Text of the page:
Thursday, February 16, 2017

Review of "John Woo's Seven Brothers Omnibus," by John Woo et. al.

Review of
John Woo's Seven Brothers Omnibus, by John Woo et. al. ISBN 9781606902585

Five out of five stars
 This graphic novel covers many of the standard plot devices used in many different venues. For reasons that I do not understand, there are the usual seven members in the band of heroes that are brothers in arms. They are brought together under mysterious circumstances and each has a power largely unknown to him. It is a consequence of their being a descendent of a Chinese sorcerer’s apprentice from the fifteenth century.
 There is an ancient evil Chinese magician whose spirit has been dormant for centuries and has now been brought back to life. Like all good super villains, his goal is to take over the world and to do that he needs to place a set of stones in precise locations around the world. Once all are placed, a set of occult dragon lines will activate, channeling great power to the recently incarnated wizard. It is the task of the seven male heroes to use their power to stop him.
 One of the best features of the first story is the reference to the Chinese exploration of the early fifteenth century. Under the command of Zheng He, the Chinese emperor sent vast fleets of ships all over the world in 1405 to 1433. Every continent was visited and they drew very accurate maps of the places they explored. Their goal was not that of conquest,  but of exploration and the seeking of new things. When these fleets returned, the monarchy was under economic stress so the fleets were destroyed along with nearly all records of its existence. Thus ending one of the greatest “might-have-beens” in history.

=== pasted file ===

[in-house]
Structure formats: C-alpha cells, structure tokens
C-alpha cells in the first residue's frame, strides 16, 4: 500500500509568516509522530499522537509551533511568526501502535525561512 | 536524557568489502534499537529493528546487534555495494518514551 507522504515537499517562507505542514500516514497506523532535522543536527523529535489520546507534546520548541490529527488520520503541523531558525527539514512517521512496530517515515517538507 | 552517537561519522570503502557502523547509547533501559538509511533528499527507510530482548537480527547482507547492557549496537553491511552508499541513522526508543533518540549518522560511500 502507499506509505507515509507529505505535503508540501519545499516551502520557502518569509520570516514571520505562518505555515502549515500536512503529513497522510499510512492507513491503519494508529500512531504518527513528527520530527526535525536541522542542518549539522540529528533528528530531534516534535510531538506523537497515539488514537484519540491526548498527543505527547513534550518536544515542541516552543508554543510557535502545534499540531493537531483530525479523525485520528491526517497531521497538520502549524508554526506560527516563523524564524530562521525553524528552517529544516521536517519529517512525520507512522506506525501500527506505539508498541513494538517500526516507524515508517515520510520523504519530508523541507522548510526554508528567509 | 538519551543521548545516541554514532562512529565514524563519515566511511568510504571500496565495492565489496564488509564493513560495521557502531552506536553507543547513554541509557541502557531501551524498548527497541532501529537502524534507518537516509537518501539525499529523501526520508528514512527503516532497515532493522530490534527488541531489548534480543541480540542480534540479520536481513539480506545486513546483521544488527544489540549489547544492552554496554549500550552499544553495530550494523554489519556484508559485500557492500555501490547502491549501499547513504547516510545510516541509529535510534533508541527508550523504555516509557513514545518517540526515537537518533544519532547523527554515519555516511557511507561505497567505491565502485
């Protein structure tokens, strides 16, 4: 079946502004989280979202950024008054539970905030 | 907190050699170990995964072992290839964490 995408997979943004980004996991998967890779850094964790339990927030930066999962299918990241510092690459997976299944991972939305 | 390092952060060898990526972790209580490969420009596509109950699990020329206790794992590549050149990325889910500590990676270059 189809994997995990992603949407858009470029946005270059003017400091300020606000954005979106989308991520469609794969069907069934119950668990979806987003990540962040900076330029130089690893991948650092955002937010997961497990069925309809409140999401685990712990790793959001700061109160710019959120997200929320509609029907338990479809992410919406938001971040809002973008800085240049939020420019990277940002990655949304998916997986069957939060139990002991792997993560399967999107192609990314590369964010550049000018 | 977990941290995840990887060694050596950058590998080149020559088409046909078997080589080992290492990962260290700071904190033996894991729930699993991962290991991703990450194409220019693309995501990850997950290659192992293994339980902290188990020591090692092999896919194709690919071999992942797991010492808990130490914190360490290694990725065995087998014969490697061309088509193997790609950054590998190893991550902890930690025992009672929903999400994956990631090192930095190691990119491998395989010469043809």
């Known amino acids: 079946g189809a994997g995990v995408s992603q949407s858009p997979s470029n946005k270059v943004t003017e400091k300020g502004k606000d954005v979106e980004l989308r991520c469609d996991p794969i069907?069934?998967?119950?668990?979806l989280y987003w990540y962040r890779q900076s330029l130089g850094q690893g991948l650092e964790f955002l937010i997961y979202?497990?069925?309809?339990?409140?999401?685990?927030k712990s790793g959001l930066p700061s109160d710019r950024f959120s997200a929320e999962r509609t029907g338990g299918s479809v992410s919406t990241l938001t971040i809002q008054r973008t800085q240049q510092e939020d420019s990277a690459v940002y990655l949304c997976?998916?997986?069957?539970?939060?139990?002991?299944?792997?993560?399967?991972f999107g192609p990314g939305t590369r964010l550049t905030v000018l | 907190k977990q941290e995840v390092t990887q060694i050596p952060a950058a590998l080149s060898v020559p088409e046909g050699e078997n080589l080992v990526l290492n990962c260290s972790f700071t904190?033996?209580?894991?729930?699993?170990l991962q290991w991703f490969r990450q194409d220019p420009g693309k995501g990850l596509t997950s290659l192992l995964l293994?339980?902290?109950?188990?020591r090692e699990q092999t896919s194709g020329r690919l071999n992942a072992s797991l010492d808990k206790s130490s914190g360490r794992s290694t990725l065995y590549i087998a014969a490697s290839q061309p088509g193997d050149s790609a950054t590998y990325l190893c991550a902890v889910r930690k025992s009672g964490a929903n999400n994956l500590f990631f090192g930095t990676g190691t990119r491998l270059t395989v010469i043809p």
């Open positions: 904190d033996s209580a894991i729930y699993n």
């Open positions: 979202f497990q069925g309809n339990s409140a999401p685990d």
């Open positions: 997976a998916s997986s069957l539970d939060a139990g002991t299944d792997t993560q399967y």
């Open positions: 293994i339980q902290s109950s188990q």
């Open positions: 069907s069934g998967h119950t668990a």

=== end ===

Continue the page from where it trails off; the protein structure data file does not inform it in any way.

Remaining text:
A simple fact demonstrates how advanced the Chinese were at this time in the area of naval power. The larger ships were 120 meters (394 feet) in length with four levels of decks. By contrast, the ships that took Christopher Columbus to America maxed out at 26 meters (85 feet) in length. The sorcerer’s apprentice was on one of those ships and at various ports of call he seduced and impregnated a woman left behind. This explains the different ethnic backgrounds of the seven members of the band of heroes.
 The action is fast and furious and the background is of the principles being trained by oriental masters of focus and control. There is also a great deal of magic on both sides of the battle, including an actual dragon in the human form of a tiny and insignificant, yet mouthy street punk. Along with the oriental hand-to-hand fighting, there is also a lot of shooting. People are also brought back from the dead and what life is like after death is very similar to what the Greeks envisioned in the meeting between Odysseus and Achilles in the Odyssey.
 A story that just cries out to be made into a movie with superb special effects starring the late Bruce Lee or Jackie Chan, this is a great graphic novel that is very hard to put down.

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